If outperforming the market while being exposed to a lower level of risk sounds attractive to you, you're not alone.
This year, some $5 billion has flowed into the iShares Edge MSCI Minimum Volatility USA ETF (USMV), a product that is designed to deliver lower volatility than the market.
Part of the reason for the surge of funds into the now-$13 billion ETF is no doubt its stellar recent performance; over the past year, it has risen about 8 percent even as the S&P 500 is down nearly 2 percent.
There's just one problem: Risk is the key ingredient in that delicious dish known as market returns — and just as one cannot make more guacamole with less avocado, one generally cannot make more money by risking less of it.
This point can be made by cracking out the chalkboard and spelling out some financial formulas, but the "no free lunch" framework works just as well.
Imagine that there does exist a product that serves up the same returns as the S&P 500 with half as much risk. In the parallel universe that includes this potential investment, no investor who is able to borrow money would buy a product that tracks the S&P, since one could risk just as much and perform (almost) doubly as well by instead borrowing to buy the less-risky product.
This would continue to be done until the half-risk product is bid up so high that it only offers half the returns of the S&P 500. (Or, technically, until it offers half the returns plus the cost of borrowing, but one gets the point.) The upshot is that the opportunity granted by the underpricing of this product is swiftly arbitraged away in any vaguely efficient marketplace.
For this reason, any conclusion that a product can consistently outperform the market when its returns are adjusted for risk must be treated with great skepticism. The risk is that investors take recent performance as evidence that the market gods have delivered them a miracle.
The marketers of the iShares product appear to have let the performance get to them. While BlackRock's informative website about the USMV carefully explains that the ETF "may help reduce losses during declining markets while still experiencing gains during rising markets," an April brochure says that "iShares Edge Minimum Volatility ETFs have delivered market-like returns with less risk," a true claim that tells us little about what the future will bring.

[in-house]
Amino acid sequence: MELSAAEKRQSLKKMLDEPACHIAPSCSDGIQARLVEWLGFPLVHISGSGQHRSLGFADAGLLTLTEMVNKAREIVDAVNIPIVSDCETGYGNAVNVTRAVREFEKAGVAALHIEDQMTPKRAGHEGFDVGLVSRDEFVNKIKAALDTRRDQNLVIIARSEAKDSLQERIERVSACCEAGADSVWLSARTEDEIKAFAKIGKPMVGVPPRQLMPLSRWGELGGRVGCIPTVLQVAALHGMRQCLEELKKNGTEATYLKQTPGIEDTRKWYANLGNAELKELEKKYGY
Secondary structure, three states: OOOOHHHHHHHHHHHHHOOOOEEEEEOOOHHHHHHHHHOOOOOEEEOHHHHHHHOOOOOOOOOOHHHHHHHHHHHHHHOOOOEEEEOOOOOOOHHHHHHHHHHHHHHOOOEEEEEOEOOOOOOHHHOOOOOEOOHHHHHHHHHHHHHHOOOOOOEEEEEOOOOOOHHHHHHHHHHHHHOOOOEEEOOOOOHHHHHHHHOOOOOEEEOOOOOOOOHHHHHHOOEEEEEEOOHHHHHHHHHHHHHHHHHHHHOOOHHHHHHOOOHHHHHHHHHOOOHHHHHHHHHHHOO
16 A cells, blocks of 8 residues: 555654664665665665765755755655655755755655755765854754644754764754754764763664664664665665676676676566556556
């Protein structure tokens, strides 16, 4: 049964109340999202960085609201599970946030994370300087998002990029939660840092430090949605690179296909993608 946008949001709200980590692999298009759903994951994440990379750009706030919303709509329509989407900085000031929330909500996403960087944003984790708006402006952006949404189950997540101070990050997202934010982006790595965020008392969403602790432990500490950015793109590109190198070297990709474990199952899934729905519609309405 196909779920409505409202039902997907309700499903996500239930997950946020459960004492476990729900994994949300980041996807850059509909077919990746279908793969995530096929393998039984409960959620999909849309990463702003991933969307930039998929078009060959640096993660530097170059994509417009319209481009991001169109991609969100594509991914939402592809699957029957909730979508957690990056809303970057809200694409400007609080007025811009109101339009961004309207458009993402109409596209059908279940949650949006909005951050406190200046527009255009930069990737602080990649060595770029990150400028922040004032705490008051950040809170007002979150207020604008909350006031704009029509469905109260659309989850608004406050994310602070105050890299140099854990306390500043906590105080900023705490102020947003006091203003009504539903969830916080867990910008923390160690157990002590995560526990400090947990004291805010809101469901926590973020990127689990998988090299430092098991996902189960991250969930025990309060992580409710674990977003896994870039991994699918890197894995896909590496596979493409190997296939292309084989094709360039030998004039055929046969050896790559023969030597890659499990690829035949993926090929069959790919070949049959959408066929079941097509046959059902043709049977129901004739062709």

"Investors' aim with low volatility strategies shouldn't be to outperform the market, rather to reduce risk and to measure that performance over a full market cycle," BlackRock's head of iShares smart beta strategy, Robert Nestor, said in an email to CNBC on Monday.
In addition, it is important to note that low volatility may describe the product, but not some of the stocks contained within it. The ETF's single largest holding is gold miner Newmont Mining, which also happens to be the single best-performing stock in the S&P 500 this year. That name is a highly volatile one which appears to have found its way into the MSCI index the USMV tracks by dint of its very low correlation with the market as a whole.
To be sure, it is eminently possible to put together a set of stocks that collectively delivers lower volatility than the S&P 500 (or any other broad index), and this is what the designers of the index tracked by this ETF have done. But the salient question is whether such a strategy will outperform a more typical approach to taking the desired amount of risk in one's portfolio.
"What we do is we develop portfolios for our clients based on their risk tolerance and return expectations," Bryn Mawr Trust's chief investment officer, Ernie Cecilia, said Thursday on CNBC's "Trading Nation," describing the vanilla approach to portfolio management.
"To look to one particular ETF or one security to accomplish all of your goals ... is just not the right approach."